BRT is labor intensive, not automated, has high operations and maintenance and life cycle costs, does not have the high capacity capability of rail-type systems, and has low average speeds. And, it is high average transit speeds that drive ridership. Otherwise, people will drive themselves.

In spite of some claims from so-called “experts” who say that maglev is “too expensive,” I would like to point out that those experts (many of whom think maglev is one technology) do not have access to proprietary cost information from overseas maglev manufacturers. Indeed, every maglev engineer I know points out that the price of any project is site specific, which shoots a hole in the “too expensive” claims—a point borne out in 2013 by an Advanced Guideway System project I worked on in Colorado. Maglev and its infrastructure were clearly determined to be the least expensive transportation option.

Politics in U.S. Transportation Infrastructure

The main reason transit systems in the U.S. are inferior is because politics, and not technical reasoning, dictates transportation project selection, planning, design, construction and technology selection. There is no permanent U.S. transportation policy, agency or funding mechanism that encourages advancements in transit technology—much less its deployment.

After 15 years of advocating maglev technology, meeting with the Federal Transit Administration and state DOTs, as well as countless discussions with numerous engineering professionals, I have figured out that ill-informed politicians are only partly to blame for sub-par transit. Politicians ultimately rely on technical advisors from engineering firms for advice on transit projects, what they will cost and the construction timelines. Never does the use of advanced technology to lower life cycle costs enter into the conversation. Instead, extreme risk aversion lies behind decision-making, or else we would have better transit.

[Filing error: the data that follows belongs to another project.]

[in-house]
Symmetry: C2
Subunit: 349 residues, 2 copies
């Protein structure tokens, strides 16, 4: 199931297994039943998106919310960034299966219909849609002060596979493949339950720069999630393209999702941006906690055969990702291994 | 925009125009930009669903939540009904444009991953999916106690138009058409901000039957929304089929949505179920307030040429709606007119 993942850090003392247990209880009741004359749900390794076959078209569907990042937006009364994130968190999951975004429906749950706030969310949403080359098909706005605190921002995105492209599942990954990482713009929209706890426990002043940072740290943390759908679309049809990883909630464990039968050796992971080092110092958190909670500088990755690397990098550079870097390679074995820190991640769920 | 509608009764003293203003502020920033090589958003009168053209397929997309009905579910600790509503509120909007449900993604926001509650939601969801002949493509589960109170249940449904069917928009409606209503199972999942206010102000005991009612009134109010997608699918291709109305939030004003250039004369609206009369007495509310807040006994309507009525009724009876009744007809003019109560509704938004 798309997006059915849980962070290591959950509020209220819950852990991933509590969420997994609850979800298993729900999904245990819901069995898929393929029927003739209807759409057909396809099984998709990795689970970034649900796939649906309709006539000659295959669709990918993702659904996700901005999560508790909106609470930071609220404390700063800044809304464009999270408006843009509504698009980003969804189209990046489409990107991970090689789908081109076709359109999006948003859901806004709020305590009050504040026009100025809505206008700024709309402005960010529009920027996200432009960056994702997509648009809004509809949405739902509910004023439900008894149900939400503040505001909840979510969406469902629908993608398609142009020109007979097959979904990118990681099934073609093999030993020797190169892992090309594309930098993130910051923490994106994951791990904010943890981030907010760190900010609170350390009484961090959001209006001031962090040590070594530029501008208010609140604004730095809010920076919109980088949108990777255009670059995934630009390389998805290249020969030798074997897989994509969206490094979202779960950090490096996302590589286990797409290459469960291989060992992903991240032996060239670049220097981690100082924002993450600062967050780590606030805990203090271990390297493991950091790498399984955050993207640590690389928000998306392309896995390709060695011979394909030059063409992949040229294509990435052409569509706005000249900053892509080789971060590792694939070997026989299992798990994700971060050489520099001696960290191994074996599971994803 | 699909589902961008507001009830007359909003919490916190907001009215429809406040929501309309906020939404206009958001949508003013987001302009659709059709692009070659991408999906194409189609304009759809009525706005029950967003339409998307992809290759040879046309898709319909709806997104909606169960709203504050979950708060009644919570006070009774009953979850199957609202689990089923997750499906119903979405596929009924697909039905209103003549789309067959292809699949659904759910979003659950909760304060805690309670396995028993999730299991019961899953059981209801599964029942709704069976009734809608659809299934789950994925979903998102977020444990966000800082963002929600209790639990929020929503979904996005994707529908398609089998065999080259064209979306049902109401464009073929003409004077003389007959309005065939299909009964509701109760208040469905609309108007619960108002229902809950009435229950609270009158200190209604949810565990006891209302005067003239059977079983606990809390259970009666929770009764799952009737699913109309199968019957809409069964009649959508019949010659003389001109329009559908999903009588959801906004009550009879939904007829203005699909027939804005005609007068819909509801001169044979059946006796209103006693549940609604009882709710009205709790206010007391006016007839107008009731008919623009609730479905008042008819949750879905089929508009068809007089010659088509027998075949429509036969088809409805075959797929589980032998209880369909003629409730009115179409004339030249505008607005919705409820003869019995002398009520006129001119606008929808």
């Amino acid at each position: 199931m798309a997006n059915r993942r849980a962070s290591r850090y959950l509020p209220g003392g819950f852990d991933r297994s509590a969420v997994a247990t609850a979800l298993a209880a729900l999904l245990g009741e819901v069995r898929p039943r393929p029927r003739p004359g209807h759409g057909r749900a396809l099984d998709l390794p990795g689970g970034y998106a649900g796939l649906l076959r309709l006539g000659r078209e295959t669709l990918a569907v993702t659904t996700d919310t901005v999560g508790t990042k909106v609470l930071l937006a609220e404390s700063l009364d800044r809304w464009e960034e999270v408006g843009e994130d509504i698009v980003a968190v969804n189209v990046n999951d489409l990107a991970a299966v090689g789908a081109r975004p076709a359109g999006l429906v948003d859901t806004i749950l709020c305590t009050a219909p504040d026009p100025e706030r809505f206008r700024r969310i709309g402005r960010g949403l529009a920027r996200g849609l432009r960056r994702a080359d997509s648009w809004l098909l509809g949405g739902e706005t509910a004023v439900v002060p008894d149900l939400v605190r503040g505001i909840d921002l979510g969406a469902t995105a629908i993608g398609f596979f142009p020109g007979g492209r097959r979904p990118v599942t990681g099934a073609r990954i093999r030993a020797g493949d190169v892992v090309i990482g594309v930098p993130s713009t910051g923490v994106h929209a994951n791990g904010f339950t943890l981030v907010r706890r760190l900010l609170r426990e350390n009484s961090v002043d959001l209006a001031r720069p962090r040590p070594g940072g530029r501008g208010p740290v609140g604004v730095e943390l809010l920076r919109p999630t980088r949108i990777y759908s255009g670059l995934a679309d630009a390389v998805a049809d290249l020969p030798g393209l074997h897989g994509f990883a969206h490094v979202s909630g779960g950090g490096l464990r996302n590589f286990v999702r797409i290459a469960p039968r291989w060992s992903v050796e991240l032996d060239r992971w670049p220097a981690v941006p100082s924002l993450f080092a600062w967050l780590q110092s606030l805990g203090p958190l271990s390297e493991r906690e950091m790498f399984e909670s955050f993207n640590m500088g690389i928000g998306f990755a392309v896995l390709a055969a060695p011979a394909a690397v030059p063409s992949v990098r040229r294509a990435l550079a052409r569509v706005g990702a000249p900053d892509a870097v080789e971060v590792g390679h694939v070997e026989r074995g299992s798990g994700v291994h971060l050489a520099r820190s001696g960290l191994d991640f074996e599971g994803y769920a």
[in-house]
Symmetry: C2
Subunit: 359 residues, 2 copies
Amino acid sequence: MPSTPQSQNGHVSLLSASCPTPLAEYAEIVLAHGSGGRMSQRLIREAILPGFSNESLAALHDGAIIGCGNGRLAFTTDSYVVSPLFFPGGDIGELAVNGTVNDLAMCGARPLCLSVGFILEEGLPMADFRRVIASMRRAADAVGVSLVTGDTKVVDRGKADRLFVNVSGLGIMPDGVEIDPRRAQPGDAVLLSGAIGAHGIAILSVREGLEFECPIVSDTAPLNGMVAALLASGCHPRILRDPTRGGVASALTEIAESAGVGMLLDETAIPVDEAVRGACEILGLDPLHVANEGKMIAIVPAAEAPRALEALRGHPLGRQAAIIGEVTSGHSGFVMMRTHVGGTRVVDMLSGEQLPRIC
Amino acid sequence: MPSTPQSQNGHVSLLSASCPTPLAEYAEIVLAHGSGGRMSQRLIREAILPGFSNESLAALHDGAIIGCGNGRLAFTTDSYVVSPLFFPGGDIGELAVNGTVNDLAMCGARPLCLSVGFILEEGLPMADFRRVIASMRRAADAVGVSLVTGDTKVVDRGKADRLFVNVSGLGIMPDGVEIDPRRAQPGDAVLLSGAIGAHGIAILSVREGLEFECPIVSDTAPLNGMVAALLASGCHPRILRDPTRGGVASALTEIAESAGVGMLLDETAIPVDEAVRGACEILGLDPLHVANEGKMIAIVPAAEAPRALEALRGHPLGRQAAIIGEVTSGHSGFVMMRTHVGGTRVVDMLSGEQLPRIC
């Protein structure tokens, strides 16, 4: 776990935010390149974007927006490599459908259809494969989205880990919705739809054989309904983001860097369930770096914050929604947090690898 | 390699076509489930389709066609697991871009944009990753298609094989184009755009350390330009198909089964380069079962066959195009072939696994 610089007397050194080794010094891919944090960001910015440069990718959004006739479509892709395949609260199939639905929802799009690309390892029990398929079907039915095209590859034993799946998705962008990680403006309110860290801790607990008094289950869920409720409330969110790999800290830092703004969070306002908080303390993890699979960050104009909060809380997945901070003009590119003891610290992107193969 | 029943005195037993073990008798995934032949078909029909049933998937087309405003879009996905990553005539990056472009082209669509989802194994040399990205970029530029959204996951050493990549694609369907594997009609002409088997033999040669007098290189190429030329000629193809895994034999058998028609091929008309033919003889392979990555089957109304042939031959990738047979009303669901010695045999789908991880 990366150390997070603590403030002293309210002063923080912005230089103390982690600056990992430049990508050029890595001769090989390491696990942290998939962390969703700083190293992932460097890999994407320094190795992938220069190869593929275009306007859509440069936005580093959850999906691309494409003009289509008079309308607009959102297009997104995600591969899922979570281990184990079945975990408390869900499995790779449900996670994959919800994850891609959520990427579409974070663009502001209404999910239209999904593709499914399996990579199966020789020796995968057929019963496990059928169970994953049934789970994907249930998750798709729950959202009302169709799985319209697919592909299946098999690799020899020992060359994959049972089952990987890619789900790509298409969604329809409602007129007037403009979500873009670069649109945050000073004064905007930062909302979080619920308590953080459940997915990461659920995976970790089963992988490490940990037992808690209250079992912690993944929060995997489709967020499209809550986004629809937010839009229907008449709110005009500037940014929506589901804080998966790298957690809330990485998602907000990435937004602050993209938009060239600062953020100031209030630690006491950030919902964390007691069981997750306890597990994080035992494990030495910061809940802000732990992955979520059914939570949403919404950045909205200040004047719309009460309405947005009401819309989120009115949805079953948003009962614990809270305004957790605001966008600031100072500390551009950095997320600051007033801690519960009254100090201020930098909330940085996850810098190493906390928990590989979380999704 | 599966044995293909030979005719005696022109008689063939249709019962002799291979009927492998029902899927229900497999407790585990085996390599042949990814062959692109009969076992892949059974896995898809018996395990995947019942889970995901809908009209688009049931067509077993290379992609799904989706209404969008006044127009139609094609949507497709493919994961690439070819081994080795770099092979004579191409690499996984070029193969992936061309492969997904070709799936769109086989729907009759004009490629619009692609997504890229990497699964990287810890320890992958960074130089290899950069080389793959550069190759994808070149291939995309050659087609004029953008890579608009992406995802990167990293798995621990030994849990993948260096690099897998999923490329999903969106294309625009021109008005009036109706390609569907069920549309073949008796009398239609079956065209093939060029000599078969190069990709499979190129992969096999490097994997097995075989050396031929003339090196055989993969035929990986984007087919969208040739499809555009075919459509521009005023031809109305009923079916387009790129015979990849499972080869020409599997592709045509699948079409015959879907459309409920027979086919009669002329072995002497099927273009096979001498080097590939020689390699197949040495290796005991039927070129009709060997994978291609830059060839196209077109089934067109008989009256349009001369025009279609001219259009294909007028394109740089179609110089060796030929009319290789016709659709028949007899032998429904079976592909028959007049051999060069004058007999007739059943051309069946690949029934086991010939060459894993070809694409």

The first leg of the Metro Silver Line in the Washington, D.C. suburbs came in at $5.6 billion, a higher price than I estimated in 2004 for the complete line using high-speed maglev—including vehicles. I was appalled by the outdated and costly in-situ concrete construction techniques I saw used on the Silver Line out to Reston, Va. The methods used in Germany, Japan, and China are not only more cost effective, but faster. The use of pre-fab beams manufactured in a climate-controlled building ensures stronger and longer lasting concrete, enables a shorter construction timeline, and uses far less material than what was poured into the entire length of the Silver Line right-of-way. It makes me wonder, who are the people advising government officials on project construction costs and suitable transit technologies? Do they even use transit?

Maybe it is time to invite some experts from overseas to recommend new solutions to improve our national mobility. Let’s invite them to bid on innovative transit projects so we can finally start delivering quality, efficient and sustainable 21st century transit to U.S. cities.

Kevin C. Coates is a Washington, D.C. based advanced transportation consultant with expertise in magnetic levitation (maglev) transport technology. His website www.coatesconsult.comhosts current information on maglev transport and its construction. He is writing a book on advanced mobility.